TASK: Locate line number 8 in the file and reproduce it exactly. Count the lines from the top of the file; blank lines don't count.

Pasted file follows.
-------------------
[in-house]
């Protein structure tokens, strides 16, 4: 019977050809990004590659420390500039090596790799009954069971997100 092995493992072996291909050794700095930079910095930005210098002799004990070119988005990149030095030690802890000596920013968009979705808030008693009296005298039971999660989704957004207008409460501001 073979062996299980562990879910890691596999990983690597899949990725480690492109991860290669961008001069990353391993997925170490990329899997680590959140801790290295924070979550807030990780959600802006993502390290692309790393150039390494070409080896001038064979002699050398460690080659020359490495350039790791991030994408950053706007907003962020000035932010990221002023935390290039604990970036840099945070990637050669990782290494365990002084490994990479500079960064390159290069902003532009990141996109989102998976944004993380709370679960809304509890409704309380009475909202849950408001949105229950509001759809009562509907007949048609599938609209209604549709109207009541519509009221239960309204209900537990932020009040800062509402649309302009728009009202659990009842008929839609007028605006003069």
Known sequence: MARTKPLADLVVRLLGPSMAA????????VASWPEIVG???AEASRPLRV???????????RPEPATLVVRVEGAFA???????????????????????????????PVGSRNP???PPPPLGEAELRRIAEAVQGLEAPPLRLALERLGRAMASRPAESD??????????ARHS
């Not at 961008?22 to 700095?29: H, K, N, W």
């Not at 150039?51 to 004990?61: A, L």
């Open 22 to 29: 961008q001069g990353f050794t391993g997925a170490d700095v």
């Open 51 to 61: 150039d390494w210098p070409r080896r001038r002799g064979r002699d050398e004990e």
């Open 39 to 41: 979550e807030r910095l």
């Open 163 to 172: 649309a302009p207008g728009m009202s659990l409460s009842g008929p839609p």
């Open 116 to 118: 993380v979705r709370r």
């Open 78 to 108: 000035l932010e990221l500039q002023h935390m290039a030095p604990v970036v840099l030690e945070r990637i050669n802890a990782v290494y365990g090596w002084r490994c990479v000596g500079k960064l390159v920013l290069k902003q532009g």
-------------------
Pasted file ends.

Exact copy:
């Open 39 to 41: 979550e807030r910095l």